Connect with us


I never plan my concert set list until 30 minutes before the concert – Abdullah Ibrahim



Ibrahim will have shows in Cape Town and Johannesburg in April. He will also launch his M7 Foundation while in Mzansi.

With more than a 100 albums and more than 300 compositions to his name, a career that spans over five decades – many South Africans are eagerly waiting to see if renowned pianist and composer Abdullah Ibrahim will play some of their favourite ditties when he performs in April.

“I never plan my concert set list until 30 minutes before the concert,” Ibrahim told The Citizen in an interview, adding that he’ll perform an array of songs.

With a discography that very few can match in both consistent quality and quantity, it’s easy to see why the legendary pianist never fusses about his sets – which speaks to his experience gained over the years.

Ibrahim is expected to return to South Africa after a five-year absence for two concerts in Cape Town and Johannesburg, the now German-based artist will also launch his foundation during this time.

This is part of his Water From An Ancient Well Tour.

“To be launching my M7 Foundation in Johannesburg, playing concerts in Pretoria’s new state-of-the-art arena and uniquely returning to performing inside City Hall – an illustrious venue I first played at aged 16 for a segregated audience – is something that at one time was unimaginable,” he said.

ALSO READ: ‘He’s always given me that respect as an artist,” – Bokani Dyer after sharing stage with father, Steve in New York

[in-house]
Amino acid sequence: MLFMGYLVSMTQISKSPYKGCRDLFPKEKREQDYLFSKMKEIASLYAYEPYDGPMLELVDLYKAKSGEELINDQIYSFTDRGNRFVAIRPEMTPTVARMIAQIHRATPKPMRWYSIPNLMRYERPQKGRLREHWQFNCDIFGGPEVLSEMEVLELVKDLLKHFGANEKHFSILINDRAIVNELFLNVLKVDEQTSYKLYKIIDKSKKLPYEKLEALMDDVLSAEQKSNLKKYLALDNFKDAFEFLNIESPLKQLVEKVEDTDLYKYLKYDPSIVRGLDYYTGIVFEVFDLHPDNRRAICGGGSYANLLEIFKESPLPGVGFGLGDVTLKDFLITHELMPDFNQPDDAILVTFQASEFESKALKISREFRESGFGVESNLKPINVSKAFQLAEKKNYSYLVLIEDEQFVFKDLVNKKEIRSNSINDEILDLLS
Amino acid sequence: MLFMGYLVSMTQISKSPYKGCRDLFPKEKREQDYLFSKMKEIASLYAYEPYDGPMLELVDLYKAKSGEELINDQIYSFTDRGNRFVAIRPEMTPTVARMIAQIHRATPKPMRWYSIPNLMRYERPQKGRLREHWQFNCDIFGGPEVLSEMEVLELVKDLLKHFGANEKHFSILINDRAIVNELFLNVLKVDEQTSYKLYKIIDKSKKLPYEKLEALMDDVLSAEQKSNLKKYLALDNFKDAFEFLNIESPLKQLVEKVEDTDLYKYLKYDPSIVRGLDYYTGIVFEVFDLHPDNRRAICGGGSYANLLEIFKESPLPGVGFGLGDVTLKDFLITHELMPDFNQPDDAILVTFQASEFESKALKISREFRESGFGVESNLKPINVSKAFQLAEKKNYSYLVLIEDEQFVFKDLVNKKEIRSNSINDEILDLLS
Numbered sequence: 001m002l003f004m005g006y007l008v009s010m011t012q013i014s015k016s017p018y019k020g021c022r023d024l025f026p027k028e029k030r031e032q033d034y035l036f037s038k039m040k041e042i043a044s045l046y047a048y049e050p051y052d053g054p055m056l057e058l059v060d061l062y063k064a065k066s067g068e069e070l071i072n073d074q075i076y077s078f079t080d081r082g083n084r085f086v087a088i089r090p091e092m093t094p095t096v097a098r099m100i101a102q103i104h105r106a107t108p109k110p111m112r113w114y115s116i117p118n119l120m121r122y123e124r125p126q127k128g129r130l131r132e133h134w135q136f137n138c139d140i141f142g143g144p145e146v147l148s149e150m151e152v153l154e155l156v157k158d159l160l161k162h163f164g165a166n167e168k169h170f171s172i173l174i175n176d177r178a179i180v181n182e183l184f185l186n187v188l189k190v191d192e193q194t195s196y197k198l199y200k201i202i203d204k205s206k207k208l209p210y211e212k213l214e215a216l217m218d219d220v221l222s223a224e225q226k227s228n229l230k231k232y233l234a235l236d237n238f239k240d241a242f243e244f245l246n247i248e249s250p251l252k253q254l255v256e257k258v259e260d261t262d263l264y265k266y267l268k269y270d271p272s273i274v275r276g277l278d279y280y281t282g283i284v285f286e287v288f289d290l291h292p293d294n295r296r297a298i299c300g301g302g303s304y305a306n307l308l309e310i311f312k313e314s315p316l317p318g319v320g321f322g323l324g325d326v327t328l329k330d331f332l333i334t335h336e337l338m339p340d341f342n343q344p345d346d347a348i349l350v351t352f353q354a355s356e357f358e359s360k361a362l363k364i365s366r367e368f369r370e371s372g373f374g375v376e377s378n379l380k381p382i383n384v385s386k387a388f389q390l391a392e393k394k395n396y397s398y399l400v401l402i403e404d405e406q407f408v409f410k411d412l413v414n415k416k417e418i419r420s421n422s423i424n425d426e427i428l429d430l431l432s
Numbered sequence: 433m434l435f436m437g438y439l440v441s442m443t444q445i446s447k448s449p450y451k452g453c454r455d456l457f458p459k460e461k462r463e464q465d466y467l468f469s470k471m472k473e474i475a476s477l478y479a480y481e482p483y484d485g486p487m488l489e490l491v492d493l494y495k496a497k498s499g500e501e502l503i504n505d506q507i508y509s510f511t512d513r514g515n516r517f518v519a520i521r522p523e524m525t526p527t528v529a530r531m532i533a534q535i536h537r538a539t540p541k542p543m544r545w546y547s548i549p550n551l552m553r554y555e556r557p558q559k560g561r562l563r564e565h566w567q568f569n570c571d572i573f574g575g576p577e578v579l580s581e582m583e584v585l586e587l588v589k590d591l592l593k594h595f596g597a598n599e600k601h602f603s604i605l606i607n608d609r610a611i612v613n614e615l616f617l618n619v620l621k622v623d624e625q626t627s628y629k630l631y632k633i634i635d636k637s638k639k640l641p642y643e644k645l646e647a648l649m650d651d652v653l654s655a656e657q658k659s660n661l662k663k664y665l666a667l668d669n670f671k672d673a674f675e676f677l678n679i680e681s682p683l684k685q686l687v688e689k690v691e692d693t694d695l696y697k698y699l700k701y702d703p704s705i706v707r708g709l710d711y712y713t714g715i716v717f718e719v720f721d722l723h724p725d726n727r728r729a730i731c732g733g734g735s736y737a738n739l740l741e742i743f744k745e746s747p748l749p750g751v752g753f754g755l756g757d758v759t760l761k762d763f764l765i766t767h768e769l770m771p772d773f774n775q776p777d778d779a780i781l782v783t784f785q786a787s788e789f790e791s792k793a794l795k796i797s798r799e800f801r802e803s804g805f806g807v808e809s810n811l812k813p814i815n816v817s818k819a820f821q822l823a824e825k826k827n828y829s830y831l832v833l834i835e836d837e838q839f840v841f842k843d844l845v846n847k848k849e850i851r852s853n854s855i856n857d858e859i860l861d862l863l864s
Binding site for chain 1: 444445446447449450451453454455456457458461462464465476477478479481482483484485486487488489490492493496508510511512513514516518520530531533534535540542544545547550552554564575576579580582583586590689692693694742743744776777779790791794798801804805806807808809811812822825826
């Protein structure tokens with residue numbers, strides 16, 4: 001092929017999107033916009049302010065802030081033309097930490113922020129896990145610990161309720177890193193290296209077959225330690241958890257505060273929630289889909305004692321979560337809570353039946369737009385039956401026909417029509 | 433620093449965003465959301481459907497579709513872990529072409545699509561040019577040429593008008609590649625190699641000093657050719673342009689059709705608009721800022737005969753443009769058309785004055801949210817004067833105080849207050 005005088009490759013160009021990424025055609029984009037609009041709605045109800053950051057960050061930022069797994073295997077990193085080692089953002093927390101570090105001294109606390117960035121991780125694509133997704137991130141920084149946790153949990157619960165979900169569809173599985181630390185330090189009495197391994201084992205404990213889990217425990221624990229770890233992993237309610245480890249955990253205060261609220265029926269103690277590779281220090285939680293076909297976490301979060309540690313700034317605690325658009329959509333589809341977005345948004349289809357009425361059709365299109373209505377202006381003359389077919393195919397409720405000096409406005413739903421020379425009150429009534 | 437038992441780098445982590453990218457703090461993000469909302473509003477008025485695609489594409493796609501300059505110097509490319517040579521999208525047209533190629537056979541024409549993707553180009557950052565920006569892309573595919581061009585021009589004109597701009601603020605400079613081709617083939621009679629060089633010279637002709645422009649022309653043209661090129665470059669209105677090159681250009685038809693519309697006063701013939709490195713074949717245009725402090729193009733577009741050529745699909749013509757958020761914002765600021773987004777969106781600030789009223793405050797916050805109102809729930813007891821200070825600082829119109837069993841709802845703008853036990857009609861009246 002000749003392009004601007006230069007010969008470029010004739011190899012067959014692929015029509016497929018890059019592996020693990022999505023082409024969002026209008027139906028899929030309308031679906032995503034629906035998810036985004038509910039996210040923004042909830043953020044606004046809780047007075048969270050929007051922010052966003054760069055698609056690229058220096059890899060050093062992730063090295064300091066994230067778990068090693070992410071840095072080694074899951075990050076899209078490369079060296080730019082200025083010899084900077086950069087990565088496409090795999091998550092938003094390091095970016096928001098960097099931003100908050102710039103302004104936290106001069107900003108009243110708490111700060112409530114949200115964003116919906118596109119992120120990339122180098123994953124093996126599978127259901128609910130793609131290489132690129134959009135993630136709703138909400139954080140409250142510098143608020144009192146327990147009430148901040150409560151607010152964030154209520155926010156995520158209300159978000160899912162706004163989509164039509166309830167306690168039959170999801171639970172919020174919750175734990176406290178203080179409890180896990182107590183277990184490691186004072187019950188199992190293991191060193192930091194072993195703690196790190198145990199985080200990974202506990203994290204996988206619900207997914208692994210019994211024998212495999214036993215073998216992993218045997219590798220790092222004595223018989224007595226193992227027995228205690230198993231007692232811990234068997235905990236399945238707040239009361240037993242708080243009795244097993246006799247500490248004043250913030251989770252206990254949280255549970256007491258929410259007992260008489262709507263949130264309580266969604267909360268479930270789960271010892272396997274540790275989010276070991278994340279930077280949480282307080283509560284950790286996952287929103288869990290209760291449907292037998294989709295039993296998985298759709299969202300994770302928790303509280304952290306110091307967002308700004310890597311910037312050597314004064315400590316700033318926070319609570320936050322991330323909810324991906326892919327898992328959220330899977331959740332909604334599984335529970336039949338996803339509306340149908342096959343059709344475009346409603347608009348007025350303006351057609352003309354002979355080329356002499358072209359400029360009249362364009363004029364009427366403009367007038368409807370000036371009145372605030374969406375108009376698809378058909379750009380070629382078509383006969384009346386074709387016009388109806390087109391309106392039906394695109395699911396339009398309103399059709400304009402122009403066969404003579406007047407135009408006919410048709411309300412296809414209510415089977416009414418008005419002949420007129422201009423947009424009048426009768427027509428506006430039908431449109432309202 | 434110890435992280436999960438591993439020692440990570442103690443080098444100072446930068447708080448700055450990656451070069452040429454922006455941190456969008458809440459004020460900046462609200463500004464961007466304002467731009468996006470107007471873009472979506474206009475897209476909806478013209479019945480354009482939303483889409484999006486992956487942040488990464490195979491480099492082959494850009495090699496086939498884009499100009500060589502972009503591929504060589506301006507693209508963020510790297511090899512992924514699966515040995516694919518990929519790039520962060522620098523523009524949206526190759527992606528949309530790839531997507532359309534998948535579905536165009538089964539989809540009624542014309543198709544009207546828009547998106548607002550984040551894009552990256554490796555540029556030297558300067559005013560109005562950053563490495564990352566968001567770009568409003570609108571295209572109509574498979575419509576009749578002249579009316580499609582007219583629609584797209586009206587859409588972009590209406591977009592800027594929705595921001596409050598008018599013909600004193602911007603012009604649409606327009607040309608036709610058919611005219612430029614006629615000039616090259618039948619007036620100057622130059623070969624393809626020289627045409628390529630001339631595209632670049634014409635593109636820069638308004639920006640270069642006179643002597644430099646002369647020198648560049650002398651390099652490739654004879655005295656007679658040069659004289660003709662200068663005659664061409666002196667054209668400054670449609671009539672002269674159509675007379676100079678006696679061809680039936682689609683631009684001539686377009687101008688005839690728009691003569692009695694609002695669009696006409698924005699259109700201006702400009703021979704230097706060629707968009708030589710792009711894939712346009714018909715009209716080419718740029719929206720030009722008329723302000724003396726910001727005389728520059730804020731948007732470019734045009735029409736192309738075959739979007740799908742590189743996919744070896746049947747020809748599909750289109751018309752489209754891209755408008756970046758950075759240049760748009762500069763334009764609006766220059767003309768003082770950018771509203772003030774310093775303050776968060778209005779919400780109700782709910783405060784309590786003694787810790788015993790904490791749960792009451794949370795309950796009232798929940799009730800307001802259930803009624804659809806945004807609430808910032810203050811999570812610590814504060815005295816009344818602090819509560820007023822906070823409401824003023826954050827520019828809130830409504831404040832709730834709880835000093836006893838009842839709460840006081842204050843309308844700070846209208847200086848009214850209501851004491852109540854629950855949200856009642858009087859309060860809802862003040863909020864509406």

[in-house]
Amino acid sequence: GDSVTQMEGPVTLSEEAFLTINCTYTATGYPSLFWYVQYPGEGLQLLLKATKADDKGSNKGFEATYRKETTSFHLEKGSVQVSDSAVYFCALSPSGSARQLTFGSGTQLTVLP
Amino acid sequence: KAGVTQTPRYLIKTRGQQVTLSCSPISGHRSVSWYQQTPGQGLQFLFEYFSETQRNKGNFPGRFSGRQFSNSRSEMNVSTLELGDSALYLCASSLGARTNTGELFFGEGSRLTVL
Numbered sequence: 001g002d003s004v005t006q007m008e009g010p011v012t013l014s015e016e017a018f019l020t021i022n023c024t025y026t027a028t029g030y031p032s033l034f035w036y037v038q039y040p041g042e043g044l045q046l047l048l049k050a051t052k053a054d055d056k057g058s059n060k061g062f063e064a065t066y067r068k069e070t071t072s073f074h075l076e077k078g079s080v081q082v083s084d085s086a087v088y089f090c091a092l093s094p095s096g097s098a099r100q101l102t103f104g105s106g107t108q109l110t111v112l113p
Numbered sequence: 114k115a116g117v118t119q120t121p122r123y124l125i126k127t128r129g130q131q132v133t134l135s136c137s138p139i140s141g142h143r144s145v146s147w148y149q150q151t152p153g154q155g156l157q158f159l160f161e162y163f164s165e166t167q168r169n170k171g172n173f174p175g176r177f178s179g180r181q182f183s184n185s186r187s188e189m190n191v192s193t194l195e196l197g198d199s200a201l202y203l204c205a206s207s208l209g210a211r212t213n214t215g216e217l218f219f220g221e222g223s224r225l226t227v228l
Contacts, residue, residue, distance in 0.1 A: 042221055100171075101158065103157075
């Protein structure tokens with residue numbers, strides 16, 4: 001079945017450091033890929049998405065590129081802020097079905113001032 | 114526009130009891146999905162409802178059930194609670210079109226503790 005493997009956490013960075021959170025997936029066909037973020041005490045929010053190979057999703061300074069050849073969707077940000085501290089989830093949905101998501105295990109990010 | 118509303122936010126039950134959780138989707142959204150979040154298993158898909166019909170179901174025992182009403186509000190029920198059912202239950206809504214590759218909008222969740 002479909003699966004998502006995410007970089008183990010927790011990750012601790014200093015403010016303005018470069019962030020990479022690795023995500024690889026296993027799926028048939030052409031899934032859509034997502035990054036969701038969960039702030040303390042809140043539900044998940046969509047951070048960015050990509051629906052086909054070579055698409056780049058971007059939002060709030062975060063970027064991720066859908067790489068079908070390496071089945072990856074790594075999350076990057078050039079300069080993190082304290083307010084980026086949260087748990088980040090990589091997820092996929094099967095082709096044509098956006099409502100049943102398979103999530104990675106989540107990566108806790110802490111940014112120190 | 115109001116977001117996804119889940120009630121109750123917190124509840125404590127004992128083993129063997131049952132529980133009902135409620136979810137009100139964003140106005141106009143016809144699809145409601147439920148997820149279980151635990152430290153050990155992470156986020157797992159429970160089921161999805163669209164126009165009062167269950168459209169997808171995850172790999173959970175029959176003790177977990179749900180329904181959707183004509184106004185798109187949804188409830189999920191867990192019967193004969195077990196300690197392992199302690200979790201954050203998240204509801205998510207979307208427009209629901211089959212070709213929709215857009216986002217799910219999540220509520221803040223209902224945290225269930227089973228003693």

A master

Ibrahim was part of septet the Jazz Epistles, formed in 1959 which included other iconic members; saxophonist Kippie Moeketsi, Hugh Masekela, trombonist Jonas Gwanga, bassist Johnny Gertze and drummer Makaya Ntshoko.

The ensemble recorded the first jazz album by South African musicians.

“Seeing him perform live was rapturing, for lack of a more descriptive word,” said South African expat residing in Germany, Sipho Nkosi.

Nkosi saw the jazz maestro live last year in Munich, in an event celebrating the 10 year anniversary of Nelson Mandela’s passing and South African heritage organised by the South African Consulate in Germany and BMW.

“He was playing what not simply sounded like a medley of his enormous catalogue, but there was a sense there that he was telling his life story using notes as letters,” shared Nkosi.

“He did not perform. It wasn’t entertainment. It was like sitting at the feet of a master in total silence while he told you stories from a time long past.”

Home sweet home

The 89 year-old Ibrahim was concerned about whether he’ll be able to return home during the height of the Covid-19 pandemic.

“I was thrown into sharp relief during the Covid pandemic, when I wondered if, or when, I would see ‘home’ again”

On his return home, Ibrahim said he is most looking forward to “South African food; grapes, melons, fish, vegetables. I create my own cuisine,” averred the composer.

Ibrahim isn’t sure how long he’ll be in Mzansi. “I can stay for some weeks before continuing my world concert tour.”

He suggested a permanent return to the country after the Water From An Ancient Well Tour.

Ibrahim released his latest album tilted 3, which is a recording of two sets from London’s Barbican Hall. Cleave Guyton Jr (on flute and piccolo), Noah Jackson (on bass and cello) make up the trio and are featured on both sets with Ibrahim.

3 includes tracks such as Nisa, Barakat and many more and comprises both the London performances.

NOW READ: Mthunzi Mvubu nails gong at Jazz awards while preparing for last tour with Shabaka and The Ancestors

Click to comment

Leave a Reply

Your email address will not be published. Required fields are marked *